An ominous wave of arrests in Yemen
Foreign Minister Gabriel must use diplomatic relations to protect Baha’i from arbitrariness (Press Release)
Alarmed by a wave of arrests among the Baha’i in Sanaa, the capital of Yemen, the Society for Threatened Peoples (STP) addressed Foreign Minister Sigmar Gabriel on Friday. The human rights organization urged Gabriel to use diplomatic contacts to protect the few members of this religious community in Yemen from arbitrariness of the Huthi rebels, who are in power in the north of the country. “The German federal government has several contact persons within the Iranian government, which, in turn, has significant influence on the Shiite Huthi rebels,” said Kamal Sido, the STP’s Middle East Consultant. According to the Baha‘i Office of External Affairs in Germany, at least 25 Baha’i were arrested without official arrests warrants in Sanaa on April 17. Many of them had received phone calls in the evening or the night before and had been asked to come to court the following day. However – since there was no court order against them and since they feared repressive measures – they had sent lawyers instead of going themselves.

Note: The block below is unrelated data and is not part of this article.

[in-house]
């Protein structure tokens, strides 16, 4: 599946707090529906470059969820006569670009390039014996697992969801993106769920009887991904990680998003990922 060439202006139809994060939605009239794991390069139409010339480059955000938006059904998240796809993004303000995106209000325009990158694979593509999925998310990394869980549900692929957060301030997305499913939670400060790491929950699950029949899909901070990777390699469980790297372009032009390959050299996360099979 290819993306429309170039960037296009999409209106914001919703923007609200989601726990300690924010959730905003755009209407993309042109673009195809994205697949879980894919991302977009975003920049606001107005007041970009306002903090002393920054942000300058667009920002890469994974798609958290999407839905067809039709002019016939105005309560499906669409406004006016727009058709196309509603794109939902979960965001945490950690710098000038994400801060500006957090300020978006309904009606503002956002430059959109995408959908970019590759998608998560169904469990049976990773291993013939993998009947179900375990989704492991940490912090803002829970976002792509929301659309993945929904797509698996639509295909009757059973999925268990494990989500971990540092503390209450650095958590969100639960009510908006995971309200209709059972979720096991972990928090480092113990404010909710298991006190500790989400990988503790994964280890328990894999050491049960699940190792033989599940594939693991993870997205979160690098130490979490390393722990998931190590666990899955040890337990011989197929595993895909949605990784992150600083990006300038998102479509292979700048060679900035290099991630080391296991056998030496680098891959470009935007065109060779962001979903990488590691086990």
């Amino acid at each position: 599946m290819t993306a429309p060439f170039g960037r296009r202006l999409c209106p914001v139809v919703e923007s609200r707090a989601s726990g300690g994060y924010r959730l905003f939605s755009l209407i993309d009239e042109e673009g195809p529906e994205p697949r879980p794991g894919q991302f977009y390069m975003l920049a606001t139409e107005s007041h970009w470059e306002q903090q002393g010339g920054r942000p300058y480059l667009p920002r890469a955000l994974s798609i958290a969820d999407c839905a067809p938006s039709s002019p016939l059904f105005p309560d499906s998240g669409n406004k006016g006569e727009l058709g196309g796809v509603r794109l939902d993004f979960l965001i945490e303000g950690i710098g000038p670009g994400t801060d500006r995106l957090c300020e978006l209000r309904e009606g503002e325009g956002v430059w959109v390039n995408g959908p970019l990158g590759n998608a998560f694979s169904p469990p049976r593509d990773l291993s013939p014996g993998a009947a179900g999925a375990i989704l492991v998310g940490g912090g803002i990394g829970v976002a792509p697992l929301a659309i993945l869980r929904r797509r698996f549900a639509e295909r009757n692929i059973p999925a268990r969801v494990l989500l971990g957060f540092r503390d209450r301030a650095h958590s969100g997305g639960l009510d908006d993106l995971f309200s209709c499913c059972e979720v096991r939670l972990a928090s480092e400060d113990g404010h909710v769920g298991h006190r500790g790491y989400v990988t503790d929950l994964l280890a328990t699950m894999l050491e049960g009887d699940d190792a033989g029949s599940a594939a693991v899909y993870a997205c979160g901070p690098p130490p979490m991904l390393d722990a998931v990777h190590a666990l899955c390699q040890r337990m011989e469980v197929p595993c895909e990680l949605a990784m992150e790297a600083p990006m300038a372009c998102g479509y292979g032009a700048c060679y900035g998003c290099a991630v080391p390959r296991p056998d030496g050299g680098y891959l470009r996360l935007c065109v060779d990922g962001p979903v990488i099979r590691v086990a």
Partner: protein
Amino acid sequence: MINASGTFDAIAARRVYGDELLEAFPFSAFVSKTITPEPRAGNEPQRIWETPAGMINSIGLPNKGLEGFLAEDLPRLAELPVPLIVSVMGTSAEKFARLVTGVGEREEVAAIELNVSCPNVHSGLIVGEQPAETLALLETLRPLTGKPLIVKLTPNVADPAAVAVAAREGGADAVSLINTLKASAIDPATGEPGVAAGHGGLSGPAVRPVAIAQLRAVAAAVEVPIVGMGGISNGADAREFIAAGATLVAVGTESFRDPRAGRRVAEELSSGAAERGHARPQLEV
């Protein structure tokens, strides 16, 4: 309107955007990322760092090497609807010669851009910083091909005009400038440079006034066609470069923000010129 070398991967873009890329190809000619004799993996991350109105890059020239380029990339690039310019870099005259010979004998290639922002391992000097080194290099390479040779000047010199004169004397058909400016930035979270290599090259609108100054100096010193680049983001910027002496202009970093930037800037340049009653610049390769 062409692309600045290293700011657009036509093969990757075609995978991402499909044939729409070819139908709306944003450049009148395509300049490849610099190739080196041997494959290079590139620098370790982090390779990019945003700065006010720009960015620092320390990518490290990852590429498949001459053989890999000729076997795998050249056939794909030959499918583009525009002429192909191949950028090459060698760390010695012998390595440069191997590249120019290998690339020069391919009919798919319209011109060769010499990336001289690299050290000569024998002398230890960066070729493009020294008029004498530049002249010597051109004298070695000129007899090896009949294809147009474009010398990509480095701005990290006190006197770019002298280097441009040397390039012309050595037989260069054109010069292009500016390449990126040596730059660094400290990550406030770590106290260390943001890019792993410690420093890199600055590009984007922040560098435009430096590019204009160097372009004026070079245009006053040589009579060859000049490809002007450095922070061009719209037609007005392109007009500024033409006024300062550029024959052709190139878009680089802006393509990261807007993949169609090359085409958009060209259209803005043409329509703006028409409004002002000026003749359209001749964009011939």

“There are many indications that certain Iranian authorities are also trying to harm Baha’i people living abroad. They are accusing the Baha’i of attempts to proselytize Muslims,” Sido reported. Especially considering the recent events, the series of attacks against the Baha’i community in Yemen has become really alarming. Hamed bin Haydara, a Baha’i who was arrested in 2013, has since been waiting for an official court ruling, which is now also overdue according to Yemeni law. In August 2016, more than 60 participants of an educational project were arrested. About 50 percent of them are Baha’i. One of the arrested, Kaiwan Qaderi, had been imprisoned for more than eight months. On April 5, 2017, a Red Cross employee, again a Baha’i, was arrested in Sanaa – solely because of his religious belief.
The Baha’i in Yemen are increasingly under pressure to take sides with one or the other conflict party in the Yemeni civil war. The Baha’i, however, are trying to keep out of the confrontations. They want a peaceful solution to the conflict and are trying to support the needy, regardless of their religious affiliation.
There are around 7.7 million Baha’i in the world. In Germany, there are around 5,000, and about 300,000 Baha’i are living in Iran. Other than the long-established Christians, the Jews, or the Zoroastrians, the religious community is not recognized there.
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